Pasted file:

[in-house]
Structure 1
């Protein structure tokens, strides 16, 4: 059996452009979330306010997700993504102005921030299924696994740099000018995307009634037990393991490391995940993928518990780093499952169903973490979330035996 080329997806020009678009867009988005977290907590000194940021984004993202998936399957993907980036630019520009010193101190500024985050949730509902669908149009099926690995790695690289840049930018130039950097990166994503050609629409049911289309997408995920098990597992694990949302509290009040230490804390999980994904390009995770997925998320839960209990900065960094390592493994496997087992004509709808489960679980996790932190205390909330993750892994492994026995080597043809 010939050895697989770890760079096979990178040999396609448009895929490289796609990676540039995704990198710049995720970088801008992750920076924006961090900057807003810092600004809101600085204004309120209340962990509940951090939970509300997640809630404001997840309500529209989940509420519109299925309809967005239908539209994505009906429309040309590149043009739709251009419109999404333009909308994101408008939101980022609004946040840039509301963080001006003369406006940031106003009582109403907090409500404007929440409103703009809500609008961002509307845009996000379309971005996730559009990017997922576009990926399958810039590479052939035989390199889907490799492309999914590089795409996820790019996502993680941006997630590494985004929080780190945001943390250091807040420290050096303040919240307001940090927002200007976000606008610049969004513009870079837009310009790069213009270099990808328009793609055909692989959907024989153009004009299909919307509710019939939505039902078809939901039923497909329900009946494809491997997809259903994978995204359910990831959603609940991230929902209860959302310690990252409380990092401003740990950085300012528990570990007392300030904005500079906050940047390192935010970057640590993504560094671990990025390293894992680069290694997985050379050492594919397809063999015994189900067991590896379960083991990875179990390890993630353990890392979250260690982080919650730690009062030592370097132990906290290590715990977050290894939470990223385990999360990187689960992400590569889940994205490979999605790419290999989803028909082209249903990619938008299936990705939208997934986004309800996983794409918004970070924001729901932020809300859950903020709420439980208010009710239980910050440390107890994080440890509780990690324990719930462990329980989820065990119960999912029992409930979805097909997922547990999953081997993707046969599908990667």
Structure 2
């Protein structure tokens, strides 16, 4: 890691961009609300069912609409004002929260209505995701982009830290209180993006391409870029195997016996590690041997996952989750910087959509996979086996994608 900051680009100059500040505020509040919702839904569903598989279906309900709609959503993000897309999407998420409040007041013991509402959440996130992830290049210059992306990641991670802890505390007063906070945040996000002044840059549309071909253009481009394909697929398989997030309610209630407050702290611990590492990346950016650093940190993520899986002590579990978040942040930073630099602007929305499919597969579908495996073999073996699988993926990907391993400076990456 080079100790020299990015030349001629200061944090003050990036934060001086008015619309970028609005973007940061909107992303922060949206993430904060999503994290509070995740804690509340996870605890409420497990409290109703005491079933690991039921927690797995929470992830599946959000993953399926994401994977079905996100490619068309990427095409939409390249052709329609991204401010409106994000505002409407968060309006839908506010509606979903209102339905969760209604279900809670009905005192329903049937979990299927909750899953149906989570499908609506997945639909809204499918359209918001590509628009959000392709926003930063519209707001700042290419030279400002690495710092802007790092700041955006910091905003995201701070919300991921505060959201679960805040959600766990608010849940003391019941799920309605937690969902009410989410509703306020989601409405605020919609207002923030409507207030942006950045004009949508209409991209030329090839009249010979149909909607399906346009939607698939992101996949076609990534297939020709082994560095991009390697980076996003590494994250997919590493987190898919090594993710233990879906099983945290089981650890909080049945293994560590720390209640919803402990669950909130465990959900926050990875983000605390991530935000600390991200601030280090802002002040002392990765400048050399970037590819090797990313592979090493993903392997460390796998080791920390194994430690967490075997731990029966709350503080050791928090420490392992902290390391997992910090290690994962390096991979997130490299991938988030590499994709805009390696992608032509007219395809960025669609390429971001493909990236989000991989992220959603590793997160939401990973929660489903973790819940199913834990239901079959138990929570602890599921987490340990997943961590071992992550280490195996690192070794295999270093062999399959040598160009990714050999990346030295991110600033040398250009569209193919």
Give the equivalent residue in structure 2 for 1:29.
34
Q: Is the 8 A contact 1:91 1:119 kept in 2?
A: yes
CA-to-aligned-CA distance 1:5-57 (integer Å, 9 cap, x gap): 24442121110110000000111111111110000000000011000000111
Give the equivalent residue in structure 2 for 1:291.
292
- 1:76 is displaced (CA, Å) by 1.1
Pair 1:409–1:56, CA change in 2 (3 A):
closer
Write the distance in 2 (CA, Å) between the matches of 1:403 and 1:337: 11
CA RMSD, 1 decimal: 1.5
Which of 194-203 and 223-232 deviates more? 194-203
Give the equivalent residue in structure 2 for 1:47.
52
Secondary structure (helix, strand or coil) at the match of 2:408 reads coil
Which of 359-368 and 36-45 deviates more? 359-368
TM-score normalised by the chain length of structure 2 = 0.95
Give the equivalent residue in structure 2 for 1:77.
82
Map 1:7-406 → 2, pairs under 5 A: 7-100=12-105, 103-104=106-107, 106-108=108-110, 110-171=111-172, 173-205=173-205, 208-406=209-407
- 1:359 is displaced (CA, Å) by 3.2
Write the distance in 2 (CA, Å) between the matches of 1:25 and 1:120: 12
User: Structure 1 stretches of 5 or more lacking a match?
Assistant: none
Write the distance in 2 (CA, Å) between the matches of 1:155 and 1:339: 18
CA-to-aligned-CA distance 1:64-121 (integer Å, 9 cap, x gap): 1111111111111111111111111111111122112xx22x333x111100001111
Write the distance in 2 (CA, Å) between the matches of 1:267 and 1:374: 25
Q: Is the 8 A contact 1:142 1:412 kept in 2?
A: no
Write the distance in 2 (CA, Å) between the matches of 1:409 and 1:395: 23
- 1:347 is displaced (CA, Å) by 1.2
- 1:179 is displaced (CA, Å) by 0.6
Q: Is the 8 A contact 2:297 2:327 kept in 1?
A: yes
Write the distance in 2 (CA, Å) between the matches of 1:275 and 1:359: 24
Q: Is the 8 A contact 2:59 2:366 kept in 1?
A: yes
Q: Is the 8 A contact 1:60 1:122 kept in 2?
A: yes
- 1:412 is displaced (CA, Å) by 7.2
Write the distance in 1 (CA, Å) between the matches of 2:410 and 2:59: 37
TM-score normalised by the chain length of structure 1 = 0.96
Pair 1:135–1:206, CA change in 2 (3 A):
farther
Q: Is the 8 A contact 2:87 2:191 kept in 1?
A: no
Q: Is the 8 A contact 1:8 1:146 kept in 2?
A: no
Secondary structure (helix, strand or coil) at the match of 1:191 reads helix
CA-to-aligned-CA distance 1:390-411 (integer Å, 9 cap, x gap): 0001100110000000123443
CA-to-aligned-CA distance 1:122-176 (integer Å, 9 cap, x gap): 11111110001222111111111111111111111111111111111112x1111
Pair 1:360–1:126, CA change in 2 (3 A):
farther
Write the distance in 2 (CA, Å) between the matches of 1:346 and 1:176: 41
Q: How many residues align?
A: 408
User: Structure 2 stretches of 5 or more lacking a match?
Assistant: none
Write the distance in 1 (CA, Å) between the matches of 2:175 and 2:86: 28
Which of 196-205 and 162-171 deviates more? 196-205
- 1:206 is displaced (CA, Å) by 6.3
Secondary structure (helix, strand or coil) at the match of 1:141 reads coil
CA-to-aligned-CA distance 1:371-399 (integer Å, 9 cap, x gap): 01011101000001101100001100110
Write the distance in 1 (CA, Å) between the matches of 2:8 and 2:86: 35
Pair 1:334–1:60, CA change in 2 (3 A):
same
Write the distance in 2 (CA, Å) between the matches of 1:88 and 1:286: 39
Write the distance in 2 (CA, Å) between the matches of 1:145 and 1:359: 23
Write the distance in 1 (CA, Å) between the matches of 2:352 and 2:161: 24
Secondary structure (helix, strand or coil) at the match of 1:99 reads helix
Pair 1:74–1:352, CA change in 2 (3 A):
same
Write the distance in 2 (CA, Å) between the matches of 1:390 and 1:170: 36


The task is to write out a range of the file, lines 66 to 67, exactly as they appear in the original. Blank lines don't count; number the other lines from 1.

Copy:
Which of 196-205 and 162-171 deviates more? 196-205
- 1:206 is displaced (CA, Å) by 6.3